Frequently Asked Questions about Umpire Services

FAQs About Umpire Services

The following are Frequently Asked Questions About Umpire Services

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Most property policies have a provision where the two selected appraisers try to agree on an umpire. If this cannot be accomplished, then depending on the language in the policy, a court having authority is petitioned and a judge will appoint the umpire from either a list of mediators or from the names the parties have selected.
Umpires are required among other things to be disinterested and not have an interest in the outcome of the matter they are involved in. Thus an umpire can only bill for their service on a hourly basis. 
You should treat the selection process for an umpire just as you would any other position. Call around and ask for references. If you already have an appraiser appointed then that person should call the umpire under consideration and ask if they have any issues serving as an impartial person in the matter.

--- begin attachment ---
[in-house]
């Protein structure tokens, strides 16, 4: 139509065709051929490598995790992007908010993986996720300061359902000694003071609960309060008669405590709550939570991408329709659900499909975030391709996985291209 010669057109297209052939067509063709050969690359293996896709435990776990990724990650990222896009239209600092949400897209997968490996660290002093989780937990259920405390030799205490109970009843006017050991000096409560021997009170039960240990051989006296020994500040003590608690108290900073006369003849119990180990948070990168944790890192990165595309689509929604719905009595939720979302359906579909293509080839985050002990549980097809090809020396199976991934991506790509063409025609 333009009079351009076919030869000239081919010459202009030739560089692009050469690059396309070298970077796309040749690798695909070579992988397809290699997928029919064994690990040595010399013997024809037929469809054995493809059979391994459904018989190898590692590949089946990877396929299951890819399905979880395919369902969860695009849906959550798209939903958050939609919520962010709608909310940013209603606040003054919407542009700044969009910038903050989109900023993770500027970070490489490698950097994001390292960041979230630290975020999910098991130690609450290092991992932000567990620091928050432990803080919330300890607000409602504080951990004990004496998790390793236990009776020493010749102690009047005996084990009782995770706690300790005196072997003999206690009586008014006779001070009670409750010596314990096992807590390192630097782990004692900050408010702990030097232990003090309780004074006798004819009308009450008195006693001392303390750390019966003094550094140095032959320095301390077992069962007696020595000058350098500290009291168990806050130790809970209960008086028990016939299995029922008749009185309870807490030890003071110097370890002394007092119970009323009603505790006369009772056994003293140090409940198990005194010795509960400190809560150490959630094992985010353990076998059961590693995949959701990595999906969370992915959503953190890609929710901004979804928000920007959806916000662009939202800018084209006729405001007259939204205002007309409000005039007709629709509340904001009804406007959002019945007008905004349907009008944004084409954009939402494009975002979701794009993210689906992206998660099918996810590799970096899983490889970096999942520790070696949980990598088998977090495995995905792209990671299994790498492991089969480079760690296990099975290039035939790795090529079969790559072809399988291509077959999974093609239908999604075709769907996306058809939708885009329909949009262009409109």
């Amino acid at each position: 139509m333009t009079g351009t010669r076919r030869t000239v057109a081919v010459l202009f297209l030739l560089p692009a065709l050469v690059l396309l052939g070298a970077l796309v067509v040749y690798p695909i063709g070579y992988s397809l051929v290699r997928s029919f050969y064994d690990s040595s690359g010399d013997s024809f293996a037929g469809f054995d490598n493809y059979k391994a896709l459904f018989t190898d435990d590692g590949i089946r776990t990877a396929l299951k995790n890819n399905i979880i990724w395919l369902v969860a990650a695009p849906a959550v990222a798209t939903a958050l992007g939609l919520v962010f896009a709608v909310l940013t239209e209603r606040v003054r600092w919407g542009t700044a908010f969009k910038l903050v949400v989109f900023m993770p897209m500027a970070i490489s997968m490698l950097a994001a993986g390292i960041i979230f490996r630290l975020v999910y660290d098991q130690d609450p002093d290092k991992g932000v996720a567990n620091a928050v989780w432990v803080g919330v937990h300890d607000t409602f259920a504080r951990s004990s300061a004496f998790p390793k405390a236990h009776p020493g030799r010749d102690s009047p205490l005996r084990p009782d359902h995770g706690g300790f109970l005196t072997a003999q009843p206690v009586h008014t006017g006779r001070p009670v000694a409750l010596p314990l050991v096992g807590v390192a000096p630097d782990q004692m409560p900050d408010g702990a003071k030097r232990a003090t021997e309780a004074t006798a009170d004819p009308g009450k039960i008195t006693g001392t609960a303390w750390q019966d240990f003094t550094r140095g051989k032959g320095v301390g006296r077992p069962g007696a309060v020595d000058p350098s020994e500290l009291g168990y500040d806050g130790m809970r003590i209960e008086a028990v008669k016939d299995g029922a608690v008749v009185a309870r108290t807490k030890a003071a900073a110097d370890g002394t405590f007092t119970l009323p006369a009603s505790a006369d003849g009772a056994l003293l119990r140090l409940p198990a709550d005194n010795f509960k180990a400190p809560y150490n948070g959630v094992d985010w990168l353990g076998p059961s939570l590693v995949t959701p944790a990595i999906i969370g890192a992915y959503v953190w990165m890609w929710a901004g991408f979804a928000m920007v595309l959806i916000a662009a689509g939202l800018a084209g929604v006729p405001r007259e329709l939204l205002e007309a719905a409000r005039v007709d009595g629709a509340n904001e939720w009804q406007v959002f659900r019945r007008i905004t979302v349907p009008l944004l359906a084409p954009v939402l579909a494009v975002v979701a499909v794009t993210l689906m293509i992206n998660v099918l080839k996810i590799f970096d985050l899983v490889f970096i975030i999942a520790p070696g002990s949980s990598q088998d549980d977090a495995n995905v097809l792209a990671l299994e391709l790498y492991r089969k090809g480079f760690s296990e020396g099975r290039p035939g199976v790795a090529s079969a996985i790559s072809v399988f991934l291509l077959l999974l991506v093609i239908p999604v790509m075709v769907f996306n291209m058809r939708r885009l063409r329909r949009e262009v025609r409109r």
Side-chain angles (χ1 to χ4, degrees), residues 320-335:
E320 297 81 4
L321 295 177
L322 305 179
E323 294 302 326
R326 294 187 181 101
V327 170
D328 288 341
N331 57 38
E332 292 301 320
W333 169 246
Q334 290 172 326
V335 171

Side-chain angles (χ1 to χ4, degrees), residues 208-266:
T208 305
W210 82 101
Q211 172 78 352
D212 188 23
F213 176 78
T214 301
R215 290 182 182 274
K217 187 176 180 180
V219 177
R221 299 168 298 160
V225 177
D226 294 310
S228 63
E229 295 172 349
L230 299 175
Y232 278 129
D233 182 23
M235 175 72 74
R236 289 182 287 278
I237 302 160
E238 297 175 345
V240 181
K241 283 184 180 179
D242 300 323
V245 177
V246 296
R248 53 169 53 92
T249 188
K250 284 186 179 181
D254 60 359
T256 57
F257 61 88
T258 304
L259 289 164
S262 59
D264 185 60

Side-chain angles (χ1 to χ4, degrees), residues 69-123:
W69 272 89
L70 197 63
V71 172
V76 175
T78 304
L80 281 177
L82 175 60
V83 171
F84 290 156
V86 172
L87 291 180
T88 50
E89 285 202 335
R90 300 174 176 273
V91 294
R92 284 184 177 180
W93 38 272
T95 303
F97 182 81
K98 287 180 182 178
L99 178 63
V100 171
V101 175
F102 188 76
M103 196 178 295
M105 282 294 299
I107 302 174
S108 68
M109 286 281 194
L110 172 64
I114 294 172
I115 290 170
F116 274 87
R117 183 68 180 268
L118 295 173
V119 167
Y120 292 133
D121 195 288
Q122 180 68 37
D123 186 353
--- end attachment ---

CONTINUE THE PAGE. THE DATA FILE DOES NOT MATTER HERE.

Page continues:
Yes we have been appointed as umpire in several cases where many millions of dollars were involved. All were concluded within the appraisal process. 

Property insurance issues are often complex and involve skill sets involving a number of things. In the Windstorm Insurance Network program classes are offered and an update record is kept to track the professional training attended by each umpire. A book of umpires is now published yearly and sent to all circuit court judges in Florida and Texas so they have a source of trained and experienced umpires to choose from. 

Rates are set by each individual based on their skill, demand for services and experience. While not widely known outside of the insurance field, the World Trade Center matter was settled in appraisal and the hourly rate for the umpire in that case was very significant but well worth it as he was experienced and had to deal with very complex issues to settle all of the issues surrounding the amount of loss and damages of the two high rise towers. 

I am unaware of any requirements that umpires have to be licensed to fill this role in an appraisal process.